Compassion is often misconstrued as a sibling to being nice or polite. Compassion does not require offering cheap grace to someone who has done us or others harm or has broken their relationship with us. Being compassionate does not necessarily mean we are compelled to offer compassion when a policy, an individual, or a group which has caused pain and suffering is still inflicting the pain and has done nothing to change or make amends.
Compassion involves seeing the other as a suffering human being and then acting fittingly. There is a wonderful scene in the 1991 movie, Hook, a re-make of the Peter Pan story. A grownup Peter, Peter Banning, has become a work-deadened adult in London. In order to save children kidnapped by his nemesis, Captain Hook, Peter must go back to Neverland. When he does, his Lost Boys, who never grew up, don’t recognize him. But one walks up to Peter, who is kneeling on the ground. The boy probes Peter’s face, looking, looking, looking to see if Peter Pan is behind those weary eyes. When the boy pulls Peter’s cheeks back into a forced smile, the boy breaks into his own huge smile, and in a small but excited voice, he says, “Oh! There you are, Peter!”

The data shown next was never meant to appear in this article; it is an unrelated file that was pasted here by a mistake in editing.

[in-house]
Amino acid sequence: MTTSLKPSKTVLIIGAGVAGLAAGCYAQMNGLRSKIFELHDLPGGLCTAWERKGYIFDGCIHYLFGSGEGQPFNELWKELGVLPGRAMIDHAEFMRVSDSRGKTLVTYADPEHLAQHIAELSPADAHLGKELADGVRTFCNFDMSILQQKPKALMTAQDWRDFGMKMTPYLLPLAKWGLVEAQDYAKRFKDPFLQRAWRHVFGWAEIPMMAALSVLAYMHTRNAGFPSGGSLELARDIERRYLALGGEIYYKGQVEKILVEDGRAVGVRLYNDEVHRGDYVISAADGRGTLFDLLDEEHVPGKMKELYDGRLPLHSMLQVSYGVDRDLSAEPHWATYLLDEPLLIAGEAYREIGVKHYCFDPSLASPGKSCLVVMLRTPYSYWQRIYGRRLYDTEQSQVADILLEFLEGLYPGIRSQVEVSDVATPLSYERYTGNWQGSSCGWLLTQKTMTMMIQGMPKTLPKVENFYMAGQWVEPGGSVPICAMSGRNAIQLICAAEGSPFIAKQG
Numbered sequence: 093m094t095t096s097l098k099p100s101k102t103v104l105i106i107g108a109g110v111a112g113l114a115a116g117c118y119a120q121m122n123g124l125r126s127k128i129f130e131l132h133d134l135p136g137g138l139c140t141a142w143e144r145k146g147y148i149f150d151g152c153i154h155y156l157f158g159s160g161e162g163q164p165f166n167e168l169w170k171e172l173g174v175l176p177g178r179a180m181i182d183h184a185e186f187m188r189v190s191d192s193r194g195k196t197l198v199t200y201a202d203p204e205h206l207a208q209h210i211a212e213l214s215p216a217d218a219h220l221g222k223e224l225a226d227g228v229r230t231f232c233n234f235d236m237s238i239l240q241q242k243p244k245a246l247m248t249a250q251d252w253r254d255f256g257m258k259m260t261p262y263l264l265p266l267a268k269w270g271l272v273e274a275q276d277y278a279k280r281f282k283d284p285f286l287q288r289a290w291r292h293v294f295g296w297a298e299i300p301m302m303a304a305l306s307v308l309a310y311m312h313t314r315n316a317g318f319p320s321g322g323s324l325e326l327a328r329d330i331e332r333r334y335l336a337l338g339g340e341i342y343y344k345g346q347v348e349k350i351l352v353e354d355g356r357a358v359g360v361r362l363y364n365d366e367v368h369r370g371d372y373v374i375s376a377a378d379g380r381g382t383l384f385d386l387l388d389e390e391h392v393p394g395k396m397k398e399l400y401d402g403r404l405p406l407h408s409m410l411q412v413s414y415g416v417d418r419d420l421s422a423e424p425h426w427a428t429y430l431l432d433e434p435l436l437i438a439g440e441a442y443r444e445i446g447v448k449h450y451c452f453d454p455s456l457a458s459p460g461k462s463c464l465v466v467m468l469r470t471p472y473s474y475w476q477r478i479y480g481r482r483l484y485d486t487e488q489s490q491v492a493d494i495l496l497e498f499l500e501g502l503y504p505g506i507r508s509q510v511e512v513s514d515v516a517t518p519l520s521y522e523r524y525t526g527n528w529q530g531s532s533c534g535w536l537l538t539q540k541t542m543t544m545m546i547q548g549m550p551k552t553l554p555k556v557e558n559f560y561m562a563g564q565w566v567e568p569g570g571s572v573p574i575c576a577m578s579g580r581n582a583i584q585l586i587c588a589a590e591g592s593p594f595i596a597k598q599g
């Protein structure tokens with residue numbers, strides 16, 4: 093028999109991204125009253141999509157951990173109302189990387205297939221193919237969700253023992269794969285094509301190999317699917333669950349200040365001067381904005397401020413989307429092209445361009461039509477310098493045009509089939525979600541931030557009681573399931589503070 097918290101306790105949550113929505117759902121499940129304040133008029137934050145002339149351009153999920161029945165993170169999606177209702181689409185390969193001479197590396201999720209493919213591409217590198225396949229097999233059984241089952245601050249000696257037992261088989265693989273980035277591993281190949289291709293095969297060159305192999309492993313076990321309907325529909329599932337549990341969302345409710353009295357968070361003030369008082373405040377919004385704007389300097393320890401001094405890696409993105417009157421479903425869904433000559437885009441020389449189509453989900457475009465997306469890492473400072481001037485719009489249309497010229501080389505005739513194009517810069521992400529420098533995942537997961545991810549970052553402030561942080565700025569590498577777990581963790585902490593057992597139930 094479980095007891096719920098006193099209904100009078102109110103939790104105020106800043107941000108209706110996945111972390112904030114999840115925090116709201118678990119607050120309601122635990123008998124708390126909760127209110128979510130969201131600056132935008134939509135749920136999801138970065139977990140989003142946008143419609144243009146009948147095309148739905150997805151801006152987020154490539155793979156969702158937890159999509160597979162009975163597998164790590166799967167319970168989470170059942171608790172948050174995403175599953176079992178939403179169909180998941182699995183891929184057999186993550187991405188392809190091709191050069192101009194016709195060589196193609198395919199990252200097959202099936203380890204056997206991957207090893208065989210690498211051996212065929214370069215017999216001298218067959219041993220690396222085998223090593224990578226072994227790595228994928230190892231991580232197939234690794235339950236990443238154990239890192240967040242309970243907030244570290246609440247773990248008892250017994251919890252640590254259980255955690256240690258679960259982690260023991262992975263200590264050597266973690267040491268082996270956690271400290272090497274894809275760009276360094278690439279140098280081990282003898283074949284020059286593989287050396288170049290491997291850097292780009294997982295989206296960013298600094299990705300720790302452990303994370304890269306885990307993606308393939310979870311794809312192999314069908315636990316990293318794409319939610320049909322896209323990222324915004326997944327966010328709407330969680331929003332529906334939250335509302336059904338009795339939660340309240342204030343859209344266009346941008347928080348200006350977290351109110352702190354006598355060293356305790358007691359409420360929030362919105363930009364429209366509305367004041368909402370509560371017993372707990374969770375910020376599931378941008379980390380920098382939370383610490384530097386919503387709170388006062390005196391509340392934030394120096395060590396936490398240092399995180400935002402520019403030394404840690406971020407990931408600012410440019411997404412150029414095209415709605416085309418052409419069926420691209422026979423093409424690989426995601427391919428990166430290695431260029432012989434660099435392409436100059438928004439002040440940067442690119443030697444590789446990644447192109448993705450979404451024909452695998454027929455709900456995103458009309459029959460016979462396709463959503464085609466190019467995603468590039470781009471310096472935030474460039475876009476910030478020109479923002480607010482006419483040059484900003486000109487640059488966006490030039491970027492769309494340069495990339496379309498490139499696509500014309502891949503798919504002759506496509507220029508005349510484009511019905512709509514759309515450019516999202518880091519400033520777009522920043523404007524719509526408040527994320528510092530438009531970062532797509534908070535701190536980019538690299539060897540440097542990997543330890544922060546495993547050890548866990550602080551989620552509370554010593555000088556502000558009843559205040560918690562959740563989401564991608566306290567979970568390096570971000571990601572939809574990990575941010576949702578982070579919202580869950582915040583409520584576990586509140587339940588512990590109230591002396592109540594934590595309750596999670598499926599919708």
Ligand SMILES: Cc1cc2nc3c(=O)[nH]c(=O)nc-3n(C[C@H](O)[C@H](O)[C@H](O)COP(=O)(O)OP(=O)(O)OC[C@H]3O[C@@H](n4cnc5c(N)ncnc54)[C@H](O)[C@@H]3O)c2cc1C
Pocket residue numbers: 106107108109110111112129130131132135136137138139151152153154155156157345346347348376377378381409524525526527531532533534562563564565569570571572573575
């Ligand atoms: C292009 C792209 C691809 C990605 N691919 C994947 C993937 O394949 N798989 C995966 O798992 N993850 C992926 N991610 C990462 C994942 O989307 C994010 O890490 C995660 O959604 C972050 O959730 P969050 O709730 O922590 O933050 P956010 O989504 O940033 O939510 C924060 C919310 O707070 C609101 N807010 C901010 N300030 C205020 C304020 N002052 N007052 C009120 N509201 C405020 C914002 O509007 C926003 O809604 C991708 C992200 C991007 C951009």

That is being seen. That is the door into compassion. Seeing, and being seen.
Compassionate Tulsa has been asked by friendly critics, “Increasing compassion seems challenging to do and difficult to measure. How will you know when Compassionate Tulsa has been successful?”